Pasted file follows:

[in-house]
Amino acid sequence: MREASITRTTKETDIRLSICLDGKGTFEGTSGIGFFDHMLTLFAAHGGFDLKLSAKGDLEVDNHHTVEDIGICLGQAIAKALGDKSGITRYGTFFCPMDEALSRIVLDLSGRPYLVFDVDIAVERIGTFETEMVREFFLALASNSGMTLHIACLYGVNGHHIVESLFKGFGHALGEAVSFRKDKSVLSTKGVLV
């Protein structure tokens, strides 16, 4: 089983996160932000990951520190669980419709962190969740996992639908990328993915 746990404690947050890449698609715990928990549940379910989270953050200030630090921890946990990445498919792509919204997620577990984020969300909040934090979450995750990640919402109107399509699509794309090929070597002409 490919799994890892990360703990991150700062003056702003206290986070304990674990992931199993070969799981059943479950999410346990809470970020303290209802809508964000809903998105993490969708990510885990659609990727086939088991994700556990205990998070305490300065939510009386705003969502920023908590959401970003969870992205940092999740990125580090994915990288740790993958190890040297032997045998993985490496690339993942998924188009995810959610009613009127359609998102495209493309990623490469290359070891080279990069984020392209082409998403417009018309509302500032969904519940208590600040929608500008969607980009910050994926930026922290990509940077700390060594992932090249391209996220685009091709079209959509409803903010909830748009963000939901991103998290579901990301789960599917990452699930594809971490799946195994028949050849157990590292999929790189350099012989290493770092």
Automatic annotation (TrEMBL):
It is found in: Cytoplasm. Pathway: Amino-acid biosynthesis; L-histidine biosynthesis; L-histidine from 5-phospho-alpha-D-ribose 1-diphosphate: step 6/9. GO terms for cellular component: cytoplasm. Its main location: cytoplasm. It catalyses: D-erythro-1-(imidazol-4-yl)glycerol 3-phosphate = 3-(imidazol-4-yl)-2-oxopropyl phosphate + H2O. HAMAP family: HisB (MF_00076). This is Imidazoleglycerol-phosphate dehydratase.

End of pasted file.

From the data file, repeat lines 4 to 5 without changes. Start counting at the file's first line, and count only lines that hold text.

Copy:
Automatic annotation (TrEMBL):
It is found in: Cytoplasm. Pathway: Amino-acid biosynthesis; L-histidine biosynthesis; L-histidine from 5-phospho-alpha-D-ribose 1-diphosphate: step 6/9. GO terms for cellular component: cytoplasm. Its main location: cytoplasm. It catalyses: D-erythro-1-(imidazol-4-yl)glycerol 3-phosphate = 3-(imidazol-4-yl)-2-oxopropyl phosphate + H2O. HAMAP family: HisB (MF_00076). This is Imidazoleglycerol-phosphate dehydratase.